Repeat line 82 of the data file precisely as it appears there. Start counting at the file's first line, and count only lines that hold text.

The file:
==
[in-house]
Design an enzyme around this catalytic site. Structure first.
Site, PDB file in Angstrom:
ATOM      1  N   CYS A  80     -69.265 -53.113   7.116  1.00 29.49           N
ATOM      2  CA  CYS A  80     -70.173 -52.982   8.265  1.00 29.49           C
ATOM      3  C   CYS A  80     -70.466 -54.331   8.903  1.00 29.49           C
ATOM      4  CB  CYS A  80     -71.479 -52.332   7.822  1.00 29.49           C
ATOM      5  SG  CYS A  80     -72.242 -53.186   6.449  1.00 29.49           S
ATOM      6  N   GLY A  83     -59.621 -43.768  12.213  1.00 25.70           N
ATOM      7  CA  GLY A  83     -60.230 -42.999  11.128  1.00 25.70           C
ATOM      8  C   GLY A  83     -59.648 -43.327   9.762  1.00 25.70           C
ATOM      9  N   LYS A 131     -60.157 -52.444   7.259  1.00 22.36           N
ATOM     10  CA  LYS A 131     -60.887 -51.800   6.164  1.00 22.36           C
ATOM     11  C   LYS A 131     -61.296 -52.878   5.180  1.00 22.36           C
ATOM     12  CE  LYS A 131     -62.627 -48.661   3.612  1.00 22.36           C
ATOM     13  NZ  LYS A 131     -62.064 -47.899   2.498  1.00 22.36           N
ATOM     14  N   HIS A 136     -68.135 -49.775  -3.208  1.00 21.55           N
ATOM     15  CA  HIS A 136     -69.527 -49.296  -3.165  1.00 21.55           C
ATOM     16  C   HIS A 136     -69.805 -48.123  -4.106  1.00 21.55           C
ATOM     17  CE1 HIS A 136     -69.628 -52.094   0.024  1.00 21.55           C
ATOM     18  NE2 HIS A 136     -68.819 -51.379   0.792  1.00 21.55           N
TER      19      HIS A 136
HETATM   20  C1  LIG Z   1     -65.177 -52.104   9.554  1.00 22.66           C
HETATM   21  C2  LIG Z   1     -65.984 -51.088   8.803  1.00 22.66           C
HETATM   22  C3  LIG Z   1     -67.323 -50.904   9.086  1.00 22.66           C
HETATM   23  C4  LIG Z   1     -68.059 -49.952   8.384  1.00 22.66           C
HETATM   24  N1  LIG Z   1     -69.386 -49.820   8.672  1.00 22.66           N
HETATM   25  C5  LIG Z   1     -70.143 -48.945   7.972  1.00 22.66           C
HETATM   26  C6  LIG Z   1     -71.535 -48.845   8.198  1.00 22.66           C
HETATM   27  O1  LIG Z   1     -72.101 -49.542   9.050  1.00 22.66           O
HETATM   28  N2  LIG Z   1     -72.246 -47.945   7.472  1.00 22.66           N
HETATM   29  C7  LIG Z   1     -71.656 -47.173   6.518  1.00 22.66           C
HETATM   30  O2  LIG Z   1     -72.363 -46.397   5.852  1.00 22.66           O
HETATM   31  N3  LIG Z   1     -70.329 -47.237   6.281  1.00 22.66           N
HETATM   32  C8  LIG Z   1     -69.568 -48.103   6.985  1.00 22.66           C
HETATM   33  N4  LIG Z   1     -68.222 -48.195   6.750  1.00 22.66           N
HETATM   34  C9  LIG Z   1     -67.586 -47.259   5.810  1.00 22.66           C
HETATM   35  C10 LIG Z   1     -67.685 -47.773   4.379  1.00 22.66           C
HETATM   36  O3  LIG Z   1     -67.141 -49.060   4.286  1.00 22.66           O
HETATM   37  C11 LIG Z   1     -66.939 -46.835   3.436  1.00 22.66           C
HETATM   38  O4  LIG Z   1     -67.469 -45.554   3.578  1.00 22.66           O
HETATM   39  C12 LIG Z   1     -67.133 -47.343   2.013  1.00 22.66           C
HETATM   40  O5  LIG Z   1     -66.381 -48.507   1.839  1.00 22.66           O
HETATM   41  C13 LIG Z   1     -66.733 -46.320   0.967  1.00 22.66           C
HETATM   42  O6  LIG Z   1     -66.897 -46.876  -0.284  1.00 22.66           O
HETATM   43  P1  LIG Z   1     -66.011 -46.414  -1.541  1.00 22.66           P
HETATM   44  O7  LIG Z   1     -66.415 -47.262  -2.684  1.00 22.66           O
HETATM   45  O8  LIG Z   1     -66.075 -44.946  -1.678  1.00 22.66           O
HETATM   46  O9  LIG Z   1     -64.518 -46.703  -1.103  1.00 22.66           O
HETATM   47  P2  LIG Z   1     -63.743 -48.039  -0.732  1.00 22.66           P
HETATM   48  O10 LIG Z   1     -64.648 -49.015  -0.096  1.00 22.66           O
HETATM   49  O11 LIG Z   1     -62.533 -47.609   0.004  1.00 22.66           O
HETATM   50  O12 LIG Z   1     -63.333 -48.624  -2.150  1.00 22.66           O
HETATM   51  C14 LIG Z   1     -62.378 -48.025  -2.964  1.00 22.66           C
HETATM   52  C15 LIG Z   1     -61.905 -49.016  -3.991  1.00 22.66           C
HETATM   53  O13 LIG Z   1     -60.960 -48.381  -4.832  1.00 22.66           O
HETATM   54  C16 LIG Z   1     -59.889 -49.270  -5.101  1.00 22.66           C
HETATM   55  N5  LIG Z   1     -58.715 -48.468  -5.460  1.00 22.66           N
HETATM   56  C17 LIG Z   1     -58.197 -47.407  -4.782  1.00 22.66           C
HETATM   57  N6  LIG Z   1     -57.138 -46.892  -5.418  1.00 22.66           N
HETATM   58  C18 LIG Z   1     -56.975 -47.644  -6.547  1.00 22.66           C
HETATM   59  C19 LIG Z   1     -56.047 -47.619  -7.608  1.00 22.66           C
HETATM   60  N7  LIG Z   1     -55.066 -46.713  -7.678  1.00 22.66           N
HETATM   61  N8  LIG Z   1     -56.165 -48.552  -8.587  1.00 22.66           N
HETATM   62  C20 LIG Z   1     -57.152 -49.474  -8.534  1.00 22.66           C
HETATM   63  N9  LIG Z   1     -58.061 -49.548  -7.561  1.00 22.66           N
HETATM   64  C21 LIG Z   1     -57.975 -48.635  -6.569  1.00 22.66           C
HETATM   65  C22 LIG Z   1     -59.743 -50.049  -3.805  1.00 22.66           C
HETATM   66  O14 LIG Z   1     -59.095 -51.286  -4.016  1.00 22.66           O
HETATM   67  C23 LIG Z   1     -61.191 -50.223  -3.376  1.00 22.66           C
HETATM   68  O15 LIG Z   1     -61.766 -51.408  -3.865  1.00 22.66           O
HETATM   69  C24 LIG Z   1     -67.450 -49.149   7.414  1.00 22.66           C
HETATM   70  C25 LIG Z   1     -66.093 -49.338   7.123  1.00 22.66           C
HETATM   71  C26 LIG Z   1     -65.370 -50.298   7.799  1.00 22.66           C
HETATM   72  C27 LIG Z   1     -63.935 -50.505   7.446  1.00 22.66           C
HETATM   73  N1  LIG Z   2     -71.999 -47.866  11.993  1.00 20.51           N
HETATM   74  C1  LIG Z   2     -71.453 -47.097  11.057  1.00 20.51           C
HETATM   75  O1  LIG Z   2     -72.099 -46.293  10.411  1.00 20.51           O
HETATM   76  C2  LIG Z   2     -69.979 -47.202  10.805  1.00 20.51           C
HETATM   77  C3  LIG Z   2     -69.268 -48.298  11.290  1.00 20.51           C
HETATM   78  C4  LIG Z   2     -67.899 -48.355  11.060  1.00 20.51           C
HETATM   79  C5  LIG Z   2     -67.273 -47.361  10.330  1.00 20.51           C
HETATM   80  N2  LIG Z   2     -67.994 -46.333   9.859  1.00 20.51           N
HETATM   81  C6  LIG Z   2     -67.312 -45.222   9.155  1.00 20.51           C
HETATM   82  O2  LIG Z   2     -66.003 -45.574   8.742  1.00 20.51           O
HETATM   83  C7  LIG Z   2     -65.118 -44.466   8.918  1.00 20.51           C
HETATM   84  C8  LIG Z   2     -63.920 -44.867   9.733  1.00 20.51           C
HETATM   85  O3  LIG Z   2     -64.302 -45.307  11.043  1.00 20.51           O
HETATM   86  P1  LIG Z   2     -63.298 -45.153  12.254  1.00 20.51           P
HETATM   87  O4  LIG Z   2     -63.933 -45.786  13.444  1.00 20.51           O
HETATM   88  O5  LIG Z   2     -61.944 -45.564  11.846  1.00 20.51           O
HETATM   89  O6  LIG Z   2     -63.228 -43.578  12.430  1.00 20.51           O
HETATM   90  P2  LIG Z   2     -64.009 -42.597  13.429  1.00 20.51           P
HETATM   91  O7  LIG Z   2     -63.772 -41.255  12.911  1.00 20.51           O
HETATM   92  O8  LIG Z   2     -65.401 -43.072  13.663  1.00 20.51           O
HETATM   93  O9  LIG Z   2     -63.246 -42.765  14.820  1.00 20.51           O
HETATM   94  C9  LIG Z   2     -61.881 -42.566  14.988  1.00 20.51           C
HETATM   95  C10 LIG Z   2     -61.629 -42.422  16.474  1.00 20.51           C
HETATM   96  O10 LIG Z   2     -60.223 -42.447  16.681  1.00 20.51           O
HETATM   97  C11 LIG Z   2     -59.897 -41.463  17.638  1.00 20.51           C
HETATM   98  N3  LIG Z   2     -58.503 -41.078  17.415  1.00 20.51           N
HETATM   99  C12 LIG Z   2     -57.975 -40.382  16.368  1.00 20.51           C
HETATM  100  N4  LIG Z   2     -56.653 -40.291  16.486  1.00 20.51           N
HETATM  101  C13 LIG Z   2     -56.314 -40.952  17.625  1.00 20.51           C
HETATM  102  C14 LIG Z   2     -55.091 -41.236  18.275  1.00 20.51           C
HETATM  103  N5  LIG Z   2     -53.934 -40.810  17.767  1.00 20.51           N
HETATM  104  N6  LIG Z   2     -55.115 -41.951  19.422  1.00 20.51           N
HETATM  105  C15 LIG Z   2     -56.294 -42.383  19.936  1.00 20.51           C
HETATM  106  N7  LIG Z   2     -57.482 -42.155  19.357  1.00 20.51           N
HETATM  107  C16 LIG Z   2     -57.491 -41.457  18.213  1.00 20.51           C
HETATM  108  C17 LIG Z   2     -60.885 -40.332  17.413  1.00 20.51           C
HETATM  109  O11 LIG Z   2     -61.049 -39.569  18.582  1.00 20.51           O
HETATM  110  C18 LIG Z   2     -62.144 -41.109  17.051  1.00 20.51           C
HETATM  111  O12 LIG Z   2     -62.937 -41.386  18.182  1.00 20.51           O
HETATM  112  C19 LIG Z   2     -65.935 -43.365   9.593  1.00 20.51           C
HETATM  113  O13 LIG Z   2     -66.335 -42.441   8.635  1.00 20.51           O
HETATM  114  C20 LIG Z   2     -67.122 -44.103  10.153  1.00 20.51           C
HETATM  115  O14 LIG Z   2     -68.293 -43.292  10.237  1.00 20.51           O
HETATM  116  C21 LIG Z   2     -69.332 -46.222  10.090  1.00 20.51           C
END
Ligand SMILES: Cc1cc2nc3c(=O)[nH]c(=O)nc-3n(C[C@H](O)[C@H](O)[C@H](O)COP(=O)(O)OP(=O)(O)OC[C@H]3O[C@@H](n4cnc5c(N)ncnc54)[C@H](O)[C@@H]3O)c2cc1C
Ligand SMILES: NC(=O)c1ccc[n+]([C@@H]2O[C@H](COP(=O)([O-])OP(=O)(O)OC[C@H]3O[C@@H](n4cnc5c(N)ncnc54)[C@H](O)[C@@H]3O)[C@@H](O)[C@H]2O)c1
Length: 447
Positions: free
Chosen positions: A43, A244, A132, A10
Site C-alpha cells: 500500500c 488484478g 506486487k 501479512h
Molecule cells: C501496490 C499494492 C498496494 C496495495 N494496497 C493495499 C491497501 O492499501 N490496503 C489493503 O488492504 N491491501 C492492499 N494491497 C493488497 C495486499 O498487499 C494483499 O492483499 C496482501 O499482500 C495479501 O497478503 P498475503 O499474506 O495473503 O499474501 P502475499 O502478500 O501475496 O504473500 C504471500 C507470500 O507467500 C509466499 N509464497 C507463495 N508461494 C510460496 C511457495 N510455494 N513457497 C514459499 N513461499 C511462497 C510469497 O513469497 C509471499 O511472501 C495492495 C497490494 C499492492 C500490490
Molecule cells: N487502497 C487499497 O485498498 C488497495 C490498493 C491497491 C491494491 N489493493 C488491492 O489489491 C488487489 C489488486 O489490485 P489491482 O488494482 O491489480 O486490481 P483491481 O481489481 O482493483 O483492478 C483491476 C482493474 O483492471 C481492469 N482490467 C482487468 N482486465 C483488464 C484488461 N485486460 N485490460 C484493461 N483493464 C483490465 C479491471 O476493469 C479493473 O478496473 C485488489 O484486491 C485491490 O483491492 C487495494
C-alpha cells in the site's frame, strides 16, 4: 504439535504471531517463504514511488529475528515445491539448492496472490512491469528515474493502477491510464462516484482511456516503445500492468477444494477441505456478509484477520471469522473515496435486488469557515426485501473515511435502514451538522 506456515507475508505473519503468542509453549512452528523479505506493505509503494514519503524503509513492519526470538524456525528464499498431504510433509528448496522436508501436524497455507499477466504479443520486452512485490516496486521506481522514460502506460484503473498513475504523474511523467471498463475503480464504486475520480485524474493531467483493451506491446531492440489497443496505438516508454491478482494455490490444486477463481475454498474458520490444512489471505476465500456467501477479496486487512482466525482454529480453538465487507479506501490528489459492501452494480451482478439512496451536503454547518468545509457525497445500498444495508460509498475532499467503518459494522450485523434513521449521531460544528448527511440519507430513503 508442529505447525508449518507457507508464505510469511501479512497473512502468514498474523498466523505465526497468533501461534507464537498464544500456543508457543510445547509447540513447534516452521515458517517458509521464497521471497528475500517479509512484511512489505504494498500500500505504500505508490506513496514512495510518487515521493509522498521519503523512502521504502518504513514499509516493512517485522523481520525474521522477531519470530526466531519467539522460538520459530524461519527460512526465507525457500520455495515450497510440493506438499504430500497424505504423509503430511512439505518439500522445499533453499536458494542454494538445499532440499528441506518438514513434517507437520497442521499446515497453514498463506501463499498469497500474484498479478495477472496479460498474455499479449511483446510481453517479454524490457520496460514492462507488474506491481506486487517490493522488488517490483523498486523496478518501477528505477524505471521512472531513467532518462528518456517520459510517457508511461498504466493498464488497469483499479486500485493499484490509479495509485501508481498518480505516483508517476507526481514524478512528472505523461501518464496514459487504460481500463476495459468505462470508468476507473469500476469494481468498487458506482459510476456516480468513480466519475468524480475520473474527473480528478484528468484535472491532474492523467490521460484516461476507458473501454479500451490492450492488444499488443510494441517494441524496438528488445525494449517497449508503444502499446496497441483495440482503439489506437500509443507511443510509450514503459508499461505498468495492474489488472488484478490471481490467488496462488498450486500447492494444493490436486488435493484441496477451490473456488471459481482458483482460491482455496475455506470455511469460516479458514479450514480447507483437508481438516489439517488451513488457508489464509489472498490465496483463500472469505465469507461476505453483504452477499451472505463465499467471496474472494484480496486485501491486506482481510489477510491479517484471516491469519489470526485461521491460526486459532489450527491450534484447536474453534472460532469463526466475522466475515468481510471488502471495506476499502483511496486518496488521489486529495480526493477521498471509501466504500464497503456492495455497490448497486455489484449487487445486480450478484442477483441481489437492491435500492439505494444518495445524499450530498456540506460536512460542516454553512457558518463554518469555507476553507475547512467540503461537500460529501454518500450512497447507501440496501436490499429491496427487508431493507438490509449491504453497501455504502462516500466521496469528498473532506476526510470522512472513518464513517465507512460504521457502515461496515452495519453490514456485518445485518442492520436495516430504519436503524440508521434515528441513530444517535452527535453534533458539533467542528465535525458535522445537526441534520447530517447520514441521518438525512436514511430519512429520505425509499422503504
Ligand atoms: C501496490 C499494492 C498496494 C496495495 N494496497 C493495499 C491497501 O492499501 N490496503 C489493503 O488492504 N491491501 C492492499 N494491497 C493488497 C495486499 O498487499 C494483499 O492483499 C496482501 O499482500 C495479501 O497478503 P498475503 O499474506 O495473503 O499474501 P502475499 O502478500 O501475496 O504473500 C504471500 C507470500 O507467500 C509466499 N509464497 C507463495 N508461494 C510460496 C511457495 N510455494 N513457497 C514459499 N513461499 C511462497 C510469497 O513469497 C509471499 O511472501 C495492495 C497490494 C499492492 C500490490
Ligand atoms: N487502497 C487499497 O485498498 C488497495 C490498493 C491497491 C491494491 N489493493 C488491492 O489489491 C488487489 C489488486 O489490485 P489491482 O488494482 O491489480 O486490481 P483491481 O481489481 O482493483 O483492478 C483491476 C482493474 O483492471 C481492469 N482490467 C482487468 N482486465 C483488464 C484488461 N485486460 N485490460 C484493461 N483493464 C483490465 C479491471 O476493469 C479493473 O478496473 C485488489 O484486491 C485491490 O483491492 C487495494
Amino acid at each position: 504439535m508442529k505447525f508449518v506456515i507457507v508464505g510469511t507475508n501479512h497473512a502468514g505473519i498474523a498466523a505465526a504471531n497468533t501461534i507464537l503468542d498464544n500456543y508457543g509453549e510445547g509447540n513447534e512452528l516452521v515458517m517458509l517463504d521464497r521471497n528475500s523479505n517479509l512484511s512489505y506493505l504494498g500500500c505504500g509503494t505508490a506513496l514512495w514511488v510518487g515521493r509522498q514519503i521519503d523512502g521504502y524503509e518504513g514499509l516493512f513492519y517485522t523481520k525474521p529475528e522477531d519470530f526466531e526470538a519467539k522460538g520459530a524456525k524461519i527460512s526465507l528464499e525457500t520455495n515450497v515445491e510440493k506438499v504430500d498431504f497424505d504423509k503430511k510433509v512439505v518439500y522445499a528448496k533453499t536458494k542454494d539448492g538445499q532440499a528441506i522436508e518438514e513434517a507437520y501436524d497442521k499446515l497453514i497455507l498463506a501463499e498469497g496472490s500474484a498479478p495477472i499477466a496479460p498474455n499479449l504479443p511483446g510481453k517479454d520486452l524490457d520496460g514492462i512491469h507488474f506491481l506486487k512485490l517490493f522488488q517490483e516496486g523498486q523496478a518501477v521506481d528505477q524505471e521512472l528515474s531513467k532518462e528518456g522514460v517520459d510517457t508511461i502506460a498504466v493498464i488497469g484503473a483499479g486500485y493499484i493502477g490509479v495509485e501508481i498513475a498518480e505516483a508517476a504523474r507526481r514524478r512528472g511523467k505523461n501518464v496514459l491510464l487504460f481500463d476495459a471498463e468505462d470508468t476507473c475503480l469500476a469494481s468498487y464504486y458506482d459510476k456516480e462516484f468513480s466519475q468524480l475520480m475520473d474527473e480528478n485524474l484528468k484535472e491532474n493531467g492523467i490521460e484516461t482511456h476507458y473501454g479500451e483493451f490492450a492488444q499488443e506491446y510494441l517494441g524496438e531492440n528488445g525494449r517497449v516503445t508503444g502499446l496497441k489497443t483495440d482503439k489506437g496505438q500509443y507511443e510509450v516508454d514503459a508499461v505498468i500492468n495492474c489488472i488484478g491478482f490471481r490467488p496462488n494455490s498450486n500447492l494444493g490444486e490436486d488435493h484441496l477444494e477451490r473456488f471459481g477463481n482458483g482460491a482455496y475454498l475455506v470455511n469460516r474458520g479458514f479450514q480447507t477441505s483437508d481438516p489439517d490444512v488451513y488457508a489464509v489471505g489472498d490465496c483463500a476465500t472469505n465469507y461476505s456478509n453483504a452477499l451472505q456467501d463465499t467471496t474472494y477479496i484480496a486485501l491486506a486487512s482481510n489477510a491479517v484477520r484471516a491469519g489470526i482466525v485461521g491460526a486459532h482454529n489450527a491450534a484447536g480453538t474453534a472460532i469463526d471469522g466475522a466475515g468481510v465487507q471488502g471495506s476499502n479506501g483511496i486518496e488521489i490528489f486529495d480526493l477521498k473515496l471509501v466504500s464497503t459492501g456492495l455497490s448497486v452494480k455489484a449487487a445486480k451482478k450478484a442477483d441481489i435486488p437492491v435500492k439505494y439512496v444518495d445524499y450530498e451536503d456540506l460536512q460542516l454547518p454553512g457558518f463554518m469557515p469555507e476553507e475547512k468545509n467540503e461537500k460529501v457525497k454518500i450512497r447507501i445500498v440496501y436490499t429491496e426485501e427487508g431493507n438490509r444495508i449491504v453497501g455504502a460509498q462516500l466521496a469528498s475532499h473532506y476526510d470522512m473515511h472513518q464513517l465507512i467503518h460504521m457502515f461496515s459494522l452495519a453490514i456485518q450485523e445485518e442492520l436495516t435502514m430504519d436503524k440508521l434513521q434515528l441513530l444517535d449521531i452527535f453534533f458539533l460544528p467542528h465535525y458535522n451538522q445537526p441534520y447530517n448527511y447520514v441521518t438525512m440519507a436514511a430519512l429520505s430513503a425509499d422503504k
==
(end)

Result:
HETATM   79  C5  LIG Z   2     -67.273 -47.361  10.330  1.00 20.51           C